These are probably the most cost-effective ways to enhance your tailgating experience.
Speaking of cost-effective, if you opted for charcoal, now is the time to pick some up. Along with the folding table mentioned above, Home Depot will have 2-packs of Kingsford Charcoal on sale for $10 (reg. price $20) starting on 8/28.
Chimney Starter, Newspaper and Lighter Sticks
If you've opted for charcoal, the first thing you should focus on is getting your first started. Putting up the canopy and setting up the tables and chairs and everything can wait. Get that grill lit!
The simplest way to get it lit is with a chimney starter, but you will need to remember that it is STILL going to take about 30 minutes to get your charcoal to the point that you're ready to start cooking. Along with the chimney starter, you'll also need some newspaper to stuff under the charcoal as well as lighter sticks to get the fire lit.
Silicone Oven Mitts, Grill Cleaning Brush and Non-Stick Spray
BBQ Guru Steven Raichlen's mantra is "Keep it hot, keep it clean and keep it lubricated." These three items are necessary to do just that. After the fire is lit, you don't want to get burned. A good pair of silicone oven mitts will keep your hands from getting burned.
The grill cleaning brush keeps your grill clean of debris from your last tailgate. No one wants last game's meal this week.
Non-stick spray will keep your grill lubricated which is needed to keep food from sticking. My favorite is Weber's Grill N Spray because it is the only non-stick spray I've found which is non-flammable, meaning you can spray it on a hot grill and not singe your eyebrows off.
Cutting Boards and Knives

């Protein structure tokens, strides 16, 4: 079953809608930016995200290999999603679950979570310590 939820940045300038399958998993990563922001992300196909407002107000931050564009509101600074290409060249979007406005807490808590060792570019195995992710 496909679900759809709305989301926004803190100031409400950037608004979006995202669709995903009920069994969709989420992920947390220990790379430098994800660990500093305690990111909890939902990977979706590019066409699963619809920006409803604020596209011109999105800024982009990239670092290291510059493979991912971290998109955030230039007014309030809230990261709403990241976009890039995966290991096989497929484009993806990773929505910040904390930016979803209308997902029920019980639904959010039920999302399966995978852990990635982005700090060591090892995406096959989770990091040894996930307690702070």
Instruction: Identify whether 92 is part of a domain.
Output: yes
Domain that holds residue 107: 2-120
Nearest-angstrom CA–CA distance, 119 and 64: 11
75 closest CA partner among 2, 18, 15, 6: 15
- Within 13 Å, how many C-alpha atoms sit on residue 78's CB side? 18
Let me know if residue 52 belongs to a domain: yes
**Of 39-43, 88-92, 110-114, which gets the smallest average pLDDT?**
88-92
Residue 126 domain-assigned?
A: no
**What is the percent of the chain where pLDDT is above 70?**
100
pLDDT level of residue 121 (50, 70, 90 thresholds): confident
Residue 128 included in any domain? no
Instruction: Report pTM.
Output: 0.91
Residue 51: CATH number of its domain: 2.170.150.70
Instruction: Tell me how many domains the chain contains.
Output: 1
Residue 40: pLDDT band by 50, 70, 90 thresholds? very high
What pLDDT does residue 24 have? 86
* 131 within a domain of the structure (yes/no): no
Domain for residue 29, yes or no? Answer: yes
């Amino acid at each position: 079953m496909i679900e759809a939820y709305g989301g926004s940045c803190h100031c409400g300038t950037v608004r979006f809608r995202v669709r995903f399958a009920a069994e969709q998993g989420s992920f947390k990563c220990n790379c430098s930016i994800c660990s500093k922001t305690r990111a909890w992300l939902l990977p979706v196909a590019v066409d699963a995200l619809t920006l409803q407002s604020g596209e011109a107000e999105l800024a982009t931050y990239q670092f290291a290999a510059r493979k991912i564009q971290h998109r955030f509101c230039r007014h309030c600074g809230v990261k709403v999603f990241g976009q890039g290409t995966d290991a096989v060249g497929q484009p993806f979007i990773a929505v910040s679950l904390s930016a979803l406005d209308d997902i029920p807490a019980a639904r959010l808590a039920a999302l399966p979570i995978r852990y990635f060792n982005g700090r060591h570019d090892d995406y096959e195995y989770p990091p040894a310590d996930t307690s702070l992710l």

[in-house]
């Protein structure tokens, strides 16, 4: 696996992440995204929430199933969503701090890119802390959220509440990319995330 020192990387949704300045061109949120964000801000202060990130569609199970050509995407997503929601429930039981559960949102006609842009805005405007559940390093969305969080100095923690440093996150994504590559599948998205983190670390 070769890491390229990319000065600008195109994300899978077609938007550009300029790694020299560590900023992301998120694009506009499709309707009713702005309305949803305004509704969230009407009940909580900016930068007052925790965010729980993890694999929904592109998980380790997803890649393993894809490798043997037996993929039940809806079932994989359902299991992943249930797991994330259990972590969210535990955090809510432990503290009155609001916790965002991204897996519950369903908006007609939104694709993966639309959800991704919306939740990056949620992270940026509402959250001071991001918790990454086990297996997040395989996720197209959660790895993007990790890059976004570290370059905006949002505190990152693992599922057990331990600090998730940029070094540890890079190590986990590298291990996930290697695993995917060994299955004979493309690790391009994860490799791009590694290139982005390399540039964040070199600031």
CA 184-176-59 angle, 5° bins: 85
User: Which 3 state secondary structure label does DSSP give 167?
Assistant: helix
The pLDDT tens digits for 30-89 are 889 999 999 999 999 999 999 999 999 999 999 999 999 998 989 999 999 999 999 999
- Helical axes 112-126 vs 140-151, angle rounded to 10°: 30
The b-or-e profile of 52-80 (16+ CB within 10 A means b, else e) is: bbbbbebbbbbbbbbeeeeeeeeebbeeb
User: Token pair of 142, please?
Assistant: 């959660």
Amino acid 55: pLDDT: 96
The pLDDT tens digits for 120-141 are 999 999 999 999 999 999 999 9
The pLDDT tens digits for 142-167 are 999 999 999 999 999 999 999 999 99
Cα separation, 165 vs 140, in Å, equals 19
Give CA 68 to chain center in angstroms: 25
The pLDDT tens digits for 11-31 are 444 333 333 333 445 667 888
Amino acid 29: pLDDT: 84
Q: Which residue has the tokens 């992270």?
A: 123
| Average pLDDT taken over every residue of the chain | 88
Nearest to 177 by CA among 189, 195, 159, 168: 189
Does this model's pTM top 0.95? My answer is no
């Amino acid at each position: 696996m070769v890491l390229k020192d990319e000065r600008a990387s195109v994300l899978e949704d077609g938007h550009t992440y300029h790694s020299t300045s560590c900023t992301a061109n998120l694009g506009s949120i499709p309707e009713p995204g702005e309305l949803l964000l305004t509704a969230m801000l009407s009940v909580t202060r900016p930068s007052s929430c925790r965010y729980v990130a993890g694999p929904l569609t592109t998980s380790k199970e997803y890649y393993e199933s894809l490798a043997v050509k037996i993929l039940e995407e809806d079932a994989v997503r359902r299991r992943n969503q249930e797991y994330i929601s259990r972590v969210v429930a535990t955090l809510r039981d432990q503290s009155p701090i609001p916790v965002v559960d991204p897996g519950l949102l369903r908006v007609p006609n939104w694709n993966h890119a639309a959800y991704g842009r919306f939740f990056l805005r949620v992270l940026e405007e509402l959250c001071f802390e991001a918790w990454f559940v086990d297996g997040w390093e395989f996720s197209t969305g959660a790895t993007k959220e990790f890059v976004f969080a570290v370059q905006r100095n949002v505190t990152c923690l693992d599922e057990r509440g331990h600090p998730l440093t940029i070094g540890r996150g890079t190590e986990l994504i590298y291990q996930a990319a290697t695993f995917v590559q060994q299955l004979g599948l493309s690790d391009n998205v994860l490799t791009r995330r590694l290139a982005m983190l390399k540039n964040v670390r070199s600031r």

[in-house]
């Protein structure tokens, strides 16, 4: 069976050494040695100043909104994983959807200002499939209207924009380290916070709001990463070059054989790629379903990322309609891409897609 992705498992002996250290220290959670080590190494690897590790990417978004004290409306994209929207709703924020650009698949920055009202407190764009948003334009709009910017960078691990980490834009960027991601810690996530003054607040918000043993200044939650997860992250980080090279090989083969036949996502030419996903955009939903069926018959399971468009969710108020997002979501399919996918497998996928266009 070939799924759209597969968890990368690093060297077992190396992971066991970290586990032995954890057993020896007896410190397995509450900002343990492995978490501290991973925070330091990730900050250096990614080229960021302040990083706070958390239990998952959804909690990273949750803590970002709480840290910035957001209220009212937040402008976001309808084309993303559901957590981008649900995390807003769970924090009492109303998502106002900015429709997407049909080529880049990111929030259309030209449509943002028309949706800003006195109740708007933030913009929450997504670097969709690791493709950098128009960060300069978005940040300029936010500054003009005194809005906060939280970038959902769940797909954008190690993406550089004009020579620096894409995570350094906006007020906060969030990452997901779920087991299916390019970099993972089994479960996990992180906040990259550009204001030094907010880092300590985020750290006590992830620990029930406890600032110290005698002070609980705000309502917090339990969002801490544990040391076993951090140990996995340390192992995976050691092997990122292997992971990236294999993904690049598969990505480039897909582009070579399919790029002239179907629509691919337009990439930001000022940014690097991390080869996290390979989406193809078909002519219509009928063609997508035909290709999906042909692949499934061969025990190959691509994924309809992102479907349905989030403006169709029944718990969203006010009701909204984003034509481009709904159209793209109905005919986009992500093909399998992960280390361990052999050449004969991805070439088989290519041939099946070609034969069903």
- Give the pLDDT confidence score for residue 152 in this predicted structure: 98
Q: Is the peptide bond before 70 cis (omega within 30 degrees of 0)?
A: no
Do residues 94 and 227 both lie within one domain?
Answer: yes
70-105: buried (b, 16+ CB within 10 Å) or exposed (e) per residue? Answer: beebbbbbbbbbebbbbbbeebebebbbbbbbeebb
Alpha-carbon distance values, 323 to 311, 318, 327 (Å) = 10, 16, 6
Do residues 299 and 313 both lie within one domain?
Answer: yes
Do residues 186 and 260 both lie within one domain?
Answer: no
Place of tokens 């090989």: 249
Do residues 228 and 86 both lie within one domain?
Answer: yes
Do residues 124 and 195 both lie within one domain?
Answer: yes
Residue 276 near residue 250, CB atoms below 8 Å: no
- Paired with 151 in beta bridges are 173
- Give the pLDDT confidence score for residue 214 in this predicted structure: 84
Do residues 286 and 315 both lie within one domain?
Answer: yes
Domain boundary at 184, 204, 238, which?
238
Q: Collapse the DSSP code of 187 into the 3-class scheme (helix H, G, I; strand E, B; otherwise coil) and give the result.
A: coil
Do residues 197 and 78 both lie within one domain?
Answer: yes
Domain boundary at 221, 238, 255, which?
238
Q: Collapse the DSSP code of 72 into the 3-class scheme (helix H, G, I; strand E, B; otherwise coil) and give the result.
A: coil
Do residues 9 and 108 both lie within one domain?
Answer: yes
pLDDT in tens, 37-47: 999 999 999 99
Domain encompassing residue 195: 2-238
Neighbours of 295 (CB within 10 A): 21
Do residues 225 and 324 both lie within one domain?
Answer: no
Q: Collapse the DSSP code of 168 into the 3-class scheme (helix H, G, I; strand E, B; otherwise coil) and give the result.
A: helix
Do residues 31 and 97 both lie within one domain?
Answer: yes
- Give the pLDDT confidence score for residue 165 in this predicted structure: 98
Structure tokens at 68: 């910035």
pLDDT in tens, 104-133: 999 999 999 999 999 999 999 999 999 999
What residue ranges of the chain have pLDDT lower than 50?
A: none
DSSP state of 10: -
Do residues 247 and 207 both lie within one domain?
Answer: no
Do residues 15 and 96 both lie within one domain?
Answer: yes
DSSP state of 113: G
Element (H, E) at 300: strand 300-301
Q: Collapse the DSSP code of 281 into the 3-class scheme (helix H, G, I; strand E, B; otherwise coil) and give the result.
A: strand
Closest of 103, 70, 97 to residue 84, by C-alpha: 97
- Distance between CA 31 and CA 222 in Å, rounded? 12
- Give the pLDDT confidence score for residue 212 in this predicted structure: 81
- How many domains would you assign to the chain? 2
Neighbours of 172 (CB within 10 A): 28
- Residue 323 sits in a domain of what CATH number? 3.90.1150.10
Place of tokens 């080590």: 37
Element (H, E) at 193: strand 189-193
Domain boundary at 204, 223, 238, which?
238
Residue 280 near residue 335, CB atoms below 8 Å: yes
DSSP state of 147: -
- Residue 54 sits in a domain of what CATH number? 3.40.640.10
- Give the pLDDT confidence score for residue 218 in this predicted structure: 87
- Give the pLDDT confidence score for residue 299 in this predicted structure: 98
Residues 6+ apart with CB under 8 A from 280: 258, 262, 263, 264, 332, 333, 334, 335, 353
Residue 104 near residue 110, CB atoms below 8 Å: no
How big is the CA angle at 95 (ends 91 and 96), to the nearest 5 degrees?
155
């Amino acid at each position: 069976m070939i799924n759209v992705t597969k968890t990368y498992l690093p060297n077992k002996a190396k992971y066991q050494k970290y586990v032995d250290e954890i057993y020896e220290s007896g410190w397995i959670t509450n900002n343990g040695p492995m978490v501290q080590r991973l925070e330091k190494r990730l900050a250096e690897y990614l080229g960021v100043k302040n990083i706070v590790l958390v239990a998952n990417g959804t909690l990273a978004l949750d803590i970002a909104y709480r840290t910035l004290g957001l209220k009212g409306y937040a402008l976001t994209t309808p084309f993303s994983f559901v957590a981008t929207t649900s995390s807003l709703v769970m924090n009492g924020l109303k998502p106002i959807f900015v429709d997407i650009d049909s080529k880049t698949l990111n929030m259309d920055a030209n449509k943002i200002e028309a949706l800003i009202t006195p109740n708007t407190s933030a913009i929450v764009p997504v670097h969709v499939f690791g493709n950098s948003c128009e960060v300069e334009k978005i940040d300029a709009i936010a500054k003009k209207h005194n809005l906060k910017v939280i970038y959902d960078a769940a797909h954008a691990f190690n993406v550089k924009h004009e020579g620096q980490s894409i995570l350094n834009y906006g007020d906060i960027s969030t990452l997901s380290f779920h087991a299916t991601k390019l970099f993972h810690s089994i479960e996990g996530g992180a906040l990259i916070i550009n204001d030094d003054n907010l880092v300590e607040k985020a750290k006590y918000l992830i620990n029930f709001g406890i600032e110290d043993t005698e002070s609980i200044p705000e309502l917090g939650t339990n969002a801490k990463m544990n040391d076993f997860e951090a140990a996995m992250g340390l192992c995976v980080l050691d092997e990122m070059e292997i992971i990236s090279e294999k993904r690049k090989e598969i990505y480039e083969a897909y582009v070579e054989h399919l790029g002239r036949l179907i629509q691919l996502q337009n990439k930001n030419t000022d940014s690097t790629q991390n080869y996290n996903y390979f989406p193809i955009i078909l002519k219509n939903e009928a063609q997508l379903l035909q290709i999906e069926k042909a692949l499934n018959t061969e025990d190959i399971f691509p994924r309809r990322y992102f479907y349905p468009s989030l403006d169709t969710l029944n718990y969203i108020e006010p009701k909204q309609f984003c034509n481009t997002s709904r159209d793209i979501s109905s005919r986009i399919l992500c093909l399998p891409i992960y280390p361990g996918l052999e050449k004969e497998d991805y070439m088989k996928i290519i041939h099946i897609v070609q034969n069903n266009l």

The last items I want to mention are a cutting board and knives. A good thick wood cutting board will last for years with a little care. I'd try to find one that has a small reservoir around the outside to catch juices coming from your meat. I can't tell you how many times I've had juices go running off my cutting board because the table was on a slight incline. But, you probably shouldn't limit yourself to one. If you think you will need more than one cutting board for something else, be sure to bring it.
There's a lot to be said for good knives. They can make the process of cutting food effortless, but I wouldn't go bringing your expensive knives with you for tailgating. Instead, invest in a cheap set that you don't really care about if one should happen to go missing.
I touched a little on this last time when preparing your menu, but it's worth covering in more detail. In order to properly plan your tailgate, the best way to figure out what time you should arrive at the Rose Bowl is to work backwards from kickoff (or whatever time you want to get inside).
Let's use next week's Memphis game as an example.
We know that kickoff is at 7pm. It will probably take you 30 mins to walk in and get to your seat and 15-30 minutes to pack up depending on how much gear you have and how much experience you have taking it all down. You want to enjoy your food, so estimate an hour to eat and digest. Of course, there's cooking time before that. I will be smoking the tri-tip I keep teasing you about each week. That takes exactly an hour and half and it will take 30 minutes to get the fire ready.
So, that's means I need to arrive at the Rose Bowl around 3pm. Because the people I tailgate with all meet at the Vons on Fair Oaks for convenience, we will need to arrive at the Vons Parking lot, probably around 2:30 to give us some extra time to pick up anything we forgot or didn't realize we needed. Finally, it takes us a good 45 minutes to drive to the Rose Bowl. Meaning that we will need to depart no later than 1:45pm in order to make this all work.
So there you have it, I've just ballparked the exact time I need to leave to make it inside for kickoff. Is it complicated? Hell, yes, but it works!